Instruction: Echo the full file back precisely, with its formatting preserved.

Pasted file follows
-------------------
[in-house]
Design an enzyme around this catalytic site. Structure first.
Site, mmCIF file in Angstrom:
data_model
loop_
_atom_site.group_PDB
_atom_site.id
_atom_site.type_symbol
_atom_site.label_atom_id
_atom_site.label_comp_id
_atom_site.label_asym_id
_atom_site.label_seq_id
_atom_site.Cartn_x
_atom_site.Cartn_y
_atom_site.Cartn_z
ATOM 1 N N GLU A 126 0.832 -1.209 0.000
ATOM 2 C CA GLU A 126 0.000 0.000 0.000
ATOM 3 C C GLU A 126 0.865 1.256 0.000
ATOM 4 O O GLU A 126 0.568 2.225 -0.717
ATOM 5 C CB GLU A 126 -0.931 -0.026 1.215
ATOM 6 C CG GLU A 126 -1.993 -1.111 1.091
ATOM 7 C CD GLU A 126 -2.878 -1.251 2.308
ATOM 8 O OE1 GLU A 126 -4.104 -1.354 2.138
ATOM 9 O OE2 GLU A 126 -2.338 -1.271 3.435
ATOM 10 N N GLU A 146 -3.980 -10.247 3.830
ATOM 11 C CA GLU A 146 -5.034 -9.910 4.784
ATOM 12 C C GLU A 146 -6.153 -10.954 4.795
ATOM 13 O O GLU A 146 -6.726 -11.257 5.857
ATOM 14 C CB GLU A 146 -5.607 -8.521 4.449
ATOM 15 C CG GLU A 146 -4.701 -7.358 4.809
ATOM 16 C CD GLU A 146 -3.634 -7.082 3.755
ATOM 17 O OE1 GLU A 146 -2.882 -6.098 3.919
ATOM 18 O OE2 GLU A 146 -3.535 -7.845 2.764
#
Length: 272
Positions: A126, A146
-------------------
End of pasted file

[in-house]
Design an enzyme around this catalytic site. Structure first.
Site, mmCIF file in Angstrom:
data_model
loop_
_atom_site.group_PDB
_atom_site.id
_atom_site.type_symbol
_atom_site.label_atom_id
_atom_site.label_comp_id
_atom_site.label_asym_id
_atom_site.label_seq_id
_atom_site.Cartn_x
_atom_site.Cartn_y
_atom_site.Cartn_z
ATOM 1 N N GLU A 126 0.832 -1.209 0.000
ATOM 2 C CA GLU A 126 0.000 0.000 0.000
ATOM 3 C C GLU A 126 0.865 1.256 0.000
ATOM 4 O O GLU A 126 0.568 2.225 -0.717
ATOM 5 C CB GLU A 126 -0.931 -0.026 1.215
ATOM 6 C CG GLU A 126 -1.993 -1.111 1.091
ATOM 7 C CD GLU A 126 -2.878 -1.251 2.308
ATOM 8 O OE1 GLU A 126 -4.104 -1.354 2.138
ATOM 9 O OE2 GLU A 126 -2.338 -1.271 3.435
ATOM 10 N N GLU A 146 -3.980 -10.247 3.830
ATOM 11 C CA GLU A 146 -5.034 -9.910 4.784
ATOM 12 C C GLU A 146 -6.153 -10.954 4.795
ATOM 13 O O GLU A 146 -6.726 -11.257 5.857
ATOM 14 C CB GLU A 146 -5.607 -8.521 4.449
ATOM 15 C CG GLU A 146 -4.701 -7.358 4.809
ATOM 16 C CD GLU A 146 -3.634 -7.082 3.755
ATOM 17 O OE1 GLU A 146 -2.882 -6.098 3.919
ATOM 18 O OE2 GLU A 146 -3.535 -7.845 2.764
#
Length: 272
Positions: A126, A146